A teenager from India has invented a portable device that
allows a computer to construct compete sentences from the breaths of
The 16 year old has developed a generic, fast, lightweight
and portable device that can be produced cheaply in large quantity. The device, named 'Talk' records the user's exhales and
transforms these to form full sentences.
It has only two major parts: a wearable sensor placed near
the nose or mouth and a processing unit and speaker about the size of an
Arsh Shah Dilbagi, the young inventor, says that the device
will monitor and convert two different type of exhales. These exhales will be
differentiated by their different intensities and duration of time. The
intensity and duration of the breaths will be fed to the processor, which will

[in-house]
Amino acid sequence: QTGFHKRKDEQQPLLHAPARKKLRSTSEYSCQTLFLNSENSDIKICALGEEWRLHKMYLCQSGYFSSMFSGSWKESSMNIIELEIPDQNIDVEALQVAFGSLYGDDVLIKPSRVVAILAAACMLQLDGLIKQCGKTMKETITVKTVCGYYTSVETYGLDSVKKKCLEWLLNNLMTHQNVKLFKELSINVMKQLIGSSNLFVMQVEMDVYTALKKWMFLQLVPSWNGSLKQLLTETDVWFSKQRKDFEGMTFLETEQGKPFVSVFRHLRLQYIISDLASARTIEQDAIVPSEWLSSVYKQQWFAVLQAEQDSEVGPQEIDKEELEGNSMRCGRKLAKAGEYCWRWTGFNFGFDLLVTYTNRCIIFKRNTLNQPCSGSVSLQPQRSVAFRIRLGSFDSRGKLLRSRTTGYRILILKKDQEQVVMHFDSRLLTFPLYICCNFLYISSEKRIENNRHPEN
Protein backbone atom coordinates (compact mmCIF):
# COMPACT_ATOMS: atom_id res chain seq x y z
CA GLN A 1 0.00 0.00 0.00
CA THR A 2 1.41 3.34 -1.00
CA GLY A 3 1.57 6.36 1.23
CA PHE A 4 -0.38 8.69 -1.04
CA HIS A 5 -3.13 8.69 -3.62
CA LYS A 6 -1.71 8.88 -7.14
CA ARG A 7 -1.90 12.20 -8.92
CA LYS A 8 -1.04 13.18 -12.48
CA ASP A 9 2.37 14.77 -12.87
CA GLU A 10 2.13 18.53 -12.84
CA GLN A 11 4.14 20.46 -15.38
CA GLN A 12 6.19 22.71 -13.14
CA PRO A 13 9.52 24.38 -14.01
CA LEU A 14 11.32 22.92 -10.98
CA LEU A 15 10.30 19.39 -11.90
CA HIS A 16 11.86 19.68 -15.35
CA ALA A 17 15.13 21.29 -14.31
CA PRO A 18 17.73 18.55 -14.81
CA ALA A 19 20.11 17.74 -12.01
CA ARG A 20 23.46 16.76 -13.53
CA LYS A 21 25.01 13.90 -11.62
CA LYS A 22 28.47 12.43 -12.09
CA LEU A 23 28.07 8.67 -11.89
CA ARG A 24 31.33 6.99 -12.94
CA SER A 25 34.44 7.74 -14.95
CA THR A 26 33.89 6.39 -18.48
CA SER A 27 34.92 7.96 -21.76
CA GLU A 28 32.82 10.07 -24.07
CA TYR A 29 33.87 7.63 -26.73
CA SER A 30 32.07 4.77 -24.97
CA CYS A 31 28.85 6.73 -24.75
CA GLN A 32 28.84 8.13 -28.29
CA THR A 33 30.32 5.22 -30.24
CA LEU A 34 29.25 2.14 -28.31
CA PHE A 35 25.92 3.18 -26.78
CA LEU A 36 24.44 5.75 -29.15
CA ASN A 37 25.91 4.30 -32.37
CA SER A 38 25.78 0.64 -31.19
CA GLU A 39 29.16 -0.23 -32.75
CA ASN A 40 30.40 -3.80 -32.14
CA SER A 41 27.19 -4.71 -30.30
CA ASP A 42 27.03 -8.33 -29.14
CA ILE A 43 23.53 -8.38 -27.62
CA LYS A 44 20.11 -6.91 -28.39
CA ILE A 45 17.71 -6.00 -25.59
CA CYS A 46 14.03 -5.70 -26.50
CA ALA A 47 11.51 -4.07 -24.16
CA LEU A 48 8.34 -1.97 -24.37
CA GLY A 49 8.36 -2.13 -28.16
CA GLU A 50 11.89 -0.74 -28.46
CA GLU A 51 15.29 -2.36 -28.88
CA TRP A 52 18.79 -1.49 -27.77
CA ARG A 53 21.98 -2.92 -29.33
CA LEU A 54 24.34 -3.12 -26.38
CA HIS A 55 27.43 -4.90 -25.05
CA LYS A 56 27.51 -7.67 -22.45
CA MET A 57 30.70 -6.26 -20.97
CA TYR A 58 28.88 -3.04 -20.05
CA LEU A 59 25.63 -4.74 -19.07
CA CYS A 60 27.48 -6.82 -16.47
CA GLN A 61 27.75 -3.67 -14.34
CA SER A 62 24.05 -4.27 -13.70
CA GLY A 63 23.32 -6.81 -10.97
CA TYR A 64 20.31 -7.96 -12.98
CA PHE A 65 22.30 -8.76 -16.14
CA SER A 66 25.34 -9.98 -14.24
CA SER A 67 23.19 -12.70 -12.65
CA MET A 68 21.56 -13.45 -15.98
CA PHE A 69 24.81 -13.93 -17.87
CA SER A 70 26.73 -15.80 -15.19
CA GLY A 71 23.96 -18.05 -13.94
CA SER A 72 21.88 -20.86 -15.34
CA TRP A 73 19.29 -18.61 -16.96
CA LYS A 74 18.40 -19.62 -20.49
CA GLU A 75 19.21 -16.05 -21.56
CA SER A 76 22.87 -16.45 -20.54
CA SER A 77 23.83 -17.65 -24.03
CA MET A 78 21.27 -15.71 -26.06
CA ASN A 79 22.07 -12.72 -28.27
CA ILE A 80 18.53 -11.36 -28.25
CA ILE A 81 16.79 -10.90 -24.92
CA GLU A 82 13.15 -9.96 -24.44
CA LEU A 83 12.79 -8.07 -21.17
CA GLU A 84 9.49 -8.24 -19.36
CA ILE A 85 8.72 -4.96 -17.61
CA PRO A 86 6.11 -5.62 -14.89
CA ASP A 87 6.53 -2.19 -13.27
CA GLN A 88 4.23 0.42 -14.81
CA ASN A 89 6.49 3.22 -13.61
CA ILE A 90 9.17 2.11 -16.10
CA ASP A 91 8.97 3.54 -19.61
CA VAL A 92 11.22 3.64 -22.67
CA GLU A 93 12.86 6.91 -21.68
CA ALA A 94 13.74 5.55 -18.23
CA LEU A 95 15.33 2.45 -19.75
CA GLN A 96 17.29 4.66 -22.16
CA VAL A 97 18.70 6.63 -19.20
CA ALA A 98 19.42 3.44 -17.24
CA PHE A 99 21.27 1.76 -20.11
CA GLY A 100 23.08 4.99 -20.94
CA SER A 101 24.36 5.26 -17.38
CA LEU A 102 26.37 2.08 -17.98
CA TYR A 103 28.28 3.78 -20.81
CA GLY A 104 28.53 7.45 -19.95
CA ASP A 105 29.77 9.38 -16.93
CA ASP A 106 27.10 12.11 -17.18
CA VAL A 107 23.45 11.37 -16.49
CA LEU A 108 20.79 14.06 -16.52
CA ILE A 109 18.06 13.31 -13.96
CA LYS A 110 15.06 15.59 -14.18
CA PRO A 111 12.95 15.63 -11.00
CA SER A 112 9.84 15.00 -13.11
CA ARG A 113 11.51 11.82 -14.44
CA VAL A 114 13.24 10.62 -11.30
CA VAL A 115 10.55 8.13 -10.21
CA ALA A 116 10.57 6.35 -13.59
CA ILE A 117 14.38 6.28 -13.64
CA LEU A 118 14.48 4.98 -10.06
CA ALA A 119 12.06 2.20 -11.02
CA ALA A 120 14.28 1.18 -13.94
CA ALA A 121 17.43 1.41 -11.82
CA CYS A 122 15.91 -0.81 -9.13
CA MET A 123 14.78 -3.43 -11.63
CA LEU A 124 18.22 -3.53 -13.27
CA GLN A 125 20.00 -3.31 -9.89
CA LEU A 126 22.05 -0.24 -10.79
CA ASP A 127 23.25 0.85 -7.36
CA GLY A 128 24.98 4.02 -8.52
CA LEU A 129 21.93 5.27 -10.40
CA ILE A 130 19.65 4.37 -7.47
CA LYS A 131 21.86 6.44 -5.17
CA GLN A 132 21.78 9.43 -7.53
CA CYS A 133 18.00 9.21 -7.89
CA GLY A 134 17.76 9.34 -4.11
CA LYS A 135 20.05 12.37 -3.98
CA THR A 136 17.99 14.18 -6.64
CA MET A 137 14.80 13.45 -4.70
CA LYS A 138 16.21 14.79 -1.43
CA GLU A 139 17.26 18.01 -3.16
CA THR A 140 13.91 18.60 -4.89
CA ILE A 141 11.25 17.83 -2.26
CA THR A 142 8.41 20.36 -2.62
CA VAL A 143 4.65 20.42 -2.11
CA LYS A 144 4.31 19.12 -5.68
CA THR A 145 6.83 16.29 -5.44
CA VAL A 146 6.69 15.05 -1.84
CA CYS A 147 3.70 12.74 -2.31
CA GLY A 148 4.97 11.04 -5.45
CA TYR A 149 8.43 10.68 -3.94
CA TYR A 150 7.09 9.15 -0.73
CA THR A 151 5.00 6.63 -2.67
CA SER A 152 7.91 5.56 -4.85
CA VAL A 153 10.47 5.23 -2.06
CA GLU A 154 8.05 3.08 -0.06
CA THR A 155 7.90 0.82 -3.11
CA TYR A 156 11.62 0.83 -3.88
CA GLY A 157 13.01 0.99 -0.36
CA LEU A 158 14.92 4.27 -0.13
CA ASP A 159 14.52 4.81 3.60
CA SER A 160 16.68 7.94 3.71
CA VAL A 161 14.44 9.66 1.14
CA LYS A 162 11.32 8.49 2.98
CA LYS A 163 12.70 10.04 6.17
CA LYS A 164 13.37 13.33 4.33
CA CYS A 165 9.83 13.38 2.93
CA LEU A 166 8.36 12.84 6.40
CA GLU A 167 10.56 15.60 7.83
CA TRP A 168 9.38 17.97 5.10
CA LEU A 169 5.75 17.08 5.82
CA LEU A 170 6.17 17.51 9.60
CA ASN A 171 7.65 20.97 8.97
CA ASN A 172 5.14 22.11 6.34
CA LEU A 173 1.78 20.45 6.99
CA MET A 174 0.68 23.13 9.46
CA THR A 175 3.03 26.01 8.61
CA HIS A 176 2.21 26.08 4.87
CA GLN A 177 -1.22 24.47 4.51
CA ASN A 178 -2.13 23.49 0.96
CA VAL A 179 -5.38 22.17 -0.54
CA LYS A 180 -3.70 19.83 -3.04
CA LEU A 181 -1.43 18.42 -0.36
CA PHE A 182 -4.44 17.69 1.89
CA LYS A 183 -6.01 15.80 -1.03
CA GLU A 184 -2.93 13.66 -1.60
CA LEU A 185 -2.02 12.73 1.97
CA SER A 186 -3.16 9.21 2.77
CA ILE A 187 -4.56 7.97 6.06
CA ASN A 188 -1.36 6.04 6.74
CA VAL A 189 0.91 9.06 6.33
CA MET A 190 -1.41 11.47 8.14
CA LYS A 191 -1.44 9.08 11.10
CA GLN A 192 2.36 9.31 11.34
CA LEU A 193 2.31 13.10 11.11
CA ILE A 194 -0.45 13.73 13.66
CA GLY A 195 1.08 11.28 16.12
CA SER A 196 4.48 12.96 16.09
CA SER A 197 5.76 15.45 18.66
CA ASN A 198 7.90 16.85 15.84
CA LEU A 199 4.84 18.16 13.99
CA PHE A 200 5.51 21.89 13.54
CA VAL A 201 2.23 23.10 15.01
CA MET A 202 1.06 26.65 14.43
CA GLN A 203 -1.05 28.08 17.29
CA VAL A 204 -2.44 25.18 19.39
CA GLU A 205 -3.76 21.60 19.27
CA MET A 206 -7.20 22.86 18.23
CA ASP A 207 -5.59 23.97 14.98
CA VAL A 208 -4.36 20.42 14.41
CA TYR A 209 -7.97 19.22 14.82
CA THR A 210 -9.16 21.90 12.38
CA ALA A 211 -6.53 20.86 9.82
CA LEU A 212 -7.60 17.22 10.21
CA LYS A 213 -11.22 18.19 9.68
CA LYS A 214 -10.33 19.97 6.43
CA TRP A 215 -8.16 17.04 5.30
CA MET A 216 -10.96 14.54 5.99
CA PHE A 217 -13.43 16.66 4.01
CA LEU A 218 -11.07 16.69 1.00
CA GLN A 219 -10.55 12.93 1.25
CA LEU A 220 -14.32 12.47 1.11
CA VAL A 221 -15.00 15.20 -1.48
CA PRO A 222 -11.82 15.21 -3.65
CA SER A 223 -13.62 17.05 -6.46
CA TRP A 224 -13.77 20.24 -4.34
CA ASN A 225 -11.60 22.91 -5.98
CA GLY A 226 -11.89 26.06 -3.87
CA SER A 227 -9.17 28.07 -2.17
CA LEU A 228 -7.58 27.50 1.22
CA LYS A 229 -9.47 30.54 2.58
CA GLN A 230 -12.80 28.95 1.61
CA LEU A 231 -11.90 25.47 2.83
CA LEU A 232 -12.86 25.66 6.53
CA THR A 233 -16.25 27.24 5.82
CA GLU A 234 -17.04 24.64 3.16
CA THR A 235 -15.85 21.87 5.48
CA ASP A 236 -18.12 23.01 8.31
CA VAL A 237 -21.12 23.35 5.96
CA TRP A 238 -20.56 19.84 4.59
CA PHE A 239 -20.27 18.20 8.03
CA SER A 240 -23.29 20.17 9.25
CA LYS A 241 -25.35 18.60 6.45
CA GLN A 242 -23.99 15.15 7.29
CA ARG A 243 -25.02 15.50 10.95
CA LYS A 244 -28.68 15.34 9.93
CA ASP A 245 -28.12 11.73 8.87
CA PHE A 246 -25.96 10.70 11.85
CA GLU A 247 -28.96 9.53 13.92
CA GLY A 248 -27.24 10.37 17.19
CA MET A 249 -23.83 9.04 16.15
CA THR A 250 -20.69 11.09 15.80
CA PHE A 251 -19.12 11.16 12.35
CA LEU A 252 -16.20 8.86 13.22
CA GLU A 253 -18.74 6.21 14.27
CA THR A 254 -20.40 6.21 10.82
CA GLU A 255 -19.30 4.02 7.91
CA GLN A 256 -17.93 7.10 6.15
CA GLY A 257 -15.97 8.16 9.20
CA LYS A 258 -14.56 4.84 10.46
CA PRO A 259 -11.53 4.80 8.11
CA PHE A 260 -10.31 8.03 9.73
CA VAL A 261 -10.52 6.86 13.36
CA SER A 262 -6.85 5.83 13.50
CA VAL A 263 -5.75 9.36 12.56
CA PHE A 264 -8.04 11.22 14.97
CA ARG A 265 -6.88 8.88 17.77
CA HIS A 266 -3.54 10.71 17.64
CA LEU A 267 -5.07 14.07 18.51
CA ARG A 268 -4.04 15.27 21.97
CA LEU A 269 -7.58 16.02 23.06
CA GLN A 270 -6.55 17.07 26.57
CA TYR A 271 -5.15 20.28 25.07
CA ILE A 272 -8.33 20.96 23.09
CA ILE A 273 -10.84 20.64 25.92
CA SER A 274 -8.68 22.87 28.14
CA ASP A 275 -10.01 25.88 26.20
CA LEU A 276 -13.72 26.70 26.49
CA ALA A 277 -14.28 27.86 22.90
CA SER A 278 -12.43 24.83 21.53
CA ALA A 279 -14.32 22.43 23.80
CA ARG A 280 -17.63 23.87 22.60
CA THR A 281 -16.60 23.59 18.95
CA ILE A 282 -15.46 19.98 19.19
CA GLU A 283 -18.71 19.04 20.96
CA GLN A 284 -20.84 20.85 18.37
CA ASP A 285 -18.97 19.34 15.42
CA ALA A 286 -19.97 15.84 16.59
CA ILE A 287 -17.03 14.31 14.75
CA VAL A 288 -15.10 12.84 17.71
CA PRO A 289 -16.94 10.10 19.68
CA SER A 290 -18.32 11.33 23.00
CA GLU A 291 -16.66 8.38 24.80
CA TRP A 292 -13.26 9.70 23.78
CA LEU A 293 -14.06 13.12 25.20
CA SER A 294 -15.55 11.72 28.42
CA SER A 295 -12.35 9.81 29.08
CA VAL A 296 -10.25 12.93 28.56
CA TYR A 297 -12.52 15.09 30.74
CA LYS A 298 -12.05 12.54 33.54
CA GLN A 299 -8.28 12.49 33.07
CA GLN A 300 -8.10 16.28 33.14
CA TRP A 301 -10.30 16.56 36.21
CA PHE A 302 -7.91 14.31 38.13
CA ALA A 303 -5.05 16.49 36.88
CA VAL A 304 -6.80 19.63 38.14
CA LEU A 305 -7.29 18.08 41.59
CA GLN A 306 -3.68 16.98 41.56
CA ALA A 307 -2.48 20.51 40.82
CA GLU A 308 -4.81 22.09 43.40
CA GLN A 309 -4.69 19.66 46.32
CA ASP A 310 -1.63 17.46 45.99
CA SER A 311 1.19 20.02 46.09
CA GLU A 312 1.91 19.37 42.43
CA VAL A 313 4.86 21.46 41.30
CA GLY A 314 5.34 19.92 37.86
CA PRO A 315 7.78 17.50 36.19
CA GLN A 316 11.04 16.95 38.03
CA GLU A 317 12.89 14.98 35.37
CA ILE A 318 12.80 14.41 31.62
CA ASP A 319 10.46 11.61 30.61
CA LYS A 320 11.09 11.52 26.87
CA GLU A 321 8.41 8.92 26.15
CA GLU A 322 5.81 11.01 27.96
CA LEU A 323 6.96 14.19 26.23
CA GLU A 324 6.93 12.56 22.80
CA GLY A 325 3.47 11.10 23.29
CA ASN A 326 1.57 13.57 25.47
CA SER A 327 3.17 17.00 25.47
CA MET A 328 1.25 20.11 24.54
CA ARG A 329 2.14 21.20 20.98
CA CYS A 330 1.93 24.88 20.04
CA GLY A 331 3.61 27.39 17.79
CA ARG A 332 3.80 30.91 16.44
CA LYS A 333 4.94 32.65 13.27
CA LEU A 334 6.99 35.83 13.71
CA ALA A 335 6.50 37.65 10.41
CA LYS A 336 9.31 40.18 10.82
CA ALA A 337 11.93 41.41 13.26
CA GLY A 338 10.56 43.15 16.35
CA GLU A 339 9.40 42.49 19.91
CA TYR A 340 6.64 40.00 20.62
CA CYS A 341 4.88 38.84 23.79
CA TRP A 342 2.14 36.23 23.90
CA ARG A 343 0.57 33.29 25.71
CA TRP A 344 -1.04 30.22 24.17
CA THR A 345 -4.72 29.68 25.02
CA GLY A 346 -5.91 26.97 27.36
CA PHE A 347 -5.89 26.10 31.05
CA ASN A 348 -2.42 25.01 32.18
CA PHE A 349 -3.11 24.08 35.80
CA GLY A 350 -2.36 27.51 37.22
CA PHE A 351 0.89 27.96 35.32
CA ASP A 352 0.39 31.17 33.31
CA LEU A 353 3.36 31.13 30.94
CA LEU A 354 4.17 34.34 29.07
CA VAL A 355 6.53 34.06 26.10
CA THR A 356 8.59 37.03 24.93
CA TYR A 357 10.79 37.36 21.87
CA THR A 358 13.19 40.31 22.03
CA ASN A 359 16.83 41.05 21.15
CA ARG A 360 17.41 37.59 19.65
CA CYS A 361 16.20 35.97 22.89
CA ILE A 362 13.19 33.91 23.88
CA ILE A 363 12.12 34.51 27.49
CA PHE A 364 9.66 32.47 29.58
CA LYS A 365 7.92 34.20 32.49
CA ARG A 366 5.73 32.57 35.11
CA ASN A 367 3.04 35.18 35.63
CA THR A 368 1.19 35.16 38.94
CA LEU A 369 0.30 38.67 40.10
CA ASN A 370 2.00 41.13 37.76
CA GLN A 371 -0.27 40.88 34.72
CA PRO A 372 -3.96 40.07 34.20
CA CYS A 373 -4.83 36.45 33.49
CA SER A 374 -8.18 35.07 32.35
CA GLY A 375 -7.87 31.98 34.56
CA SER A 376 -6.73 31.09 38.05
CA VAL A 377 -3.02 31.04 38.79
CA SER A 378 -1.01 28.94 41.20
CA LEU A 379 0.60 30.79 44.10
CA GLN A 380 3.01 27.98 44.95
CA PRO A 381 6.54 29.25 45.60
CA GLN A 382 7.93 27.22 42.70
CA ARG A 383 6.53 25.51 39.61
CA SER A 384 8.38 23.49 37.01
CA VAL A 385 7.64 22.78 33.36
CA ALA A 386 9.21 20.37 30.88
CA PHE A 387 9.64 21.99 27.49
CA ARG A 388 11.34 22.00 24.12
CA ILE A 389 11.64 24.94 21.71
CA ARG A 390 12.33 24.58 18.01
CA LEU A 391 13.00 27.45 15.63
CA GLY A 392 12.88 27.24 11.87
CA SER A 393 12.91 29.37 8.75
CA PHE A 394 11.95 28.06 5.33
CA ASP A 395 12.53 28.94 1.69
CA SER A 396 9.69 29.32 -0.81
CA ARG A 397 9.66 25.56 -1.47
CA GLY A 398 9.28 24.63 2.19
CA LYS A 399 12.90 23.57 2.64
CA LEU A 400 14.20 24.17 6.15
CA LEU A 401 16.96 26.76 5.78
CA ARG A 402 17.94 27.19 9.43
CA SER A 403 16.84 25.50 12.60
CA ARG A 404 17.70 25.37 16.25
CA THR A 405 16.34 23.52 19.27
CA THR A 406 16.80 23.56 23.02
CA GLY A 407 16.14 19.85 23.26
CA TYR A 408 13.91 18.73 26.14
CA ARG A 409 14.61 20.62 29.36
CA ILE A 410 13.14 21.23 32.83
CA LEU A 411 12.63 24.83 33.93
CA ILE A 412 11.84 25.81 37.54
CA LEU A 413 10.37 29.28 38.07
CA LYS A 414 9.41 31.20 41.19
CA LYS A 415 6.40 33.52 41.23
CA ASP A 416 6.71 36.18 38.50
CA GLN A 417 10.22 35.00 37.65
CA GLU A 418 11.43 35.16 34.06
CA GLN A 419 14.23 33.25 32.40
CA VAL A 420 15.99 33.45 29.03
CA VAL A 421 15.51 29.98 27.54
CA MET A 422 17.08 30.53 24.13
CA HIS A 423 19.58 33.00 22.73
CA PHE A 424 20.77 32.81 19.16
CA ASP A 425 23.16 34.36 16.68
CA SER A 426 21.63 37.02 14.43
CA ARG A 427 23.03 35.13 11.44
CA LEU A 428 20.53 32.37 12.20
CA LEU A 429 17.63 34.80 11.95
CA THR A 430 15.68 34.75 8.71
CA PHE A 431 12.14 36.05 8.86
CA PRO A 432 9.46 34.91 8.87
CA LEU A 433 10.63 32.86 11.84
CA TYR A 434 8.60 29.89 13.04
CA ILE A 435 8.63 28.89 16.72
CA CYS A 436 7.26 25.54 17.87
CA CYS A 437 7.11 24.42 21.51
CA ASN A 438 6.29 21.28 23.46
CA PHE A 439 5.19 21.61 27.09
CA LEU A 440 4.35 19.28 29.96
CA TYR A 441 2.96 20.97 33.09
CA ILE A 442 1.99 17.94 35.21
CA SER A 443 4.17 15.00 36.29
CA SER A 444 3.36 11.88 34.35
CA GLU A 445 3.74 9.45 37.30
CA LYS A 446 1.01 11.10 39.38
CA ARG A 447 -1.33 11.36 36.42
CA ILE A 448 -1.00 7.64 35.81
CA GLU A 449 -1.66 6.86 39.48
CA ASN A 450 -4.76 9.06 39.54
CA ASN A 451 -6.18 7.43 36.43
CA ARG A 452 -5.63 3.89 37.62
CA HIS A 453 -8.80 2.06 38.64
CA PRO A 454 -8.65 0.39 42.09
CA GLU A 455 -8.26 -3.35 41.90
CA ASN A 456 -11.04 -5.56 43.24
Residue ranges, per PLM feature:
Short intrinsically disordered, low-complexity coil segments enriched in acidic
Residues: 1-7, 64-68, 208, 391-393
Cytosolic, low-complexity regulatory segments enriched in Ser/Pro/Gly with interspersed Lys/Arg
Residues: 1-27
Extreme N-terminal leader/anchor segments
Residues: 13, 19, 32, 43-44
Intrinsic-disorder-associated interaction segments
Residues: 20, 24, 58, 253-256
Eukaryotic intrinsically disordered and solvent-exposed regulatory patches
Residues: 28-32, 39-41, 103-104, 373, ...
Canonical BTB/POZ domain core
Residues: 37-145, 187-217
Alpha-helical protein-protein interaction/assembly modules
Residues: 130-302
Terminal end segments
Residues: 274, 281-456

determine the specific breath pattern and essentially compute them into a
binary coded language - short exhales are 'dots' and long exhales are labeled
The device has shown some very promising results and has a
99% accuracy average. Arsh and his research and development team are now
working to expand the Talk's multi-language capabilities. It's to be sold for
less than US$100.
Talk isn't the first augmentative and alternative
communication (AAC) device on the market. Steven Hawking uses a similar yet
different AAC device that reads and computes eye movement. Most of the current
AAC devices are very large, bulky and expensive.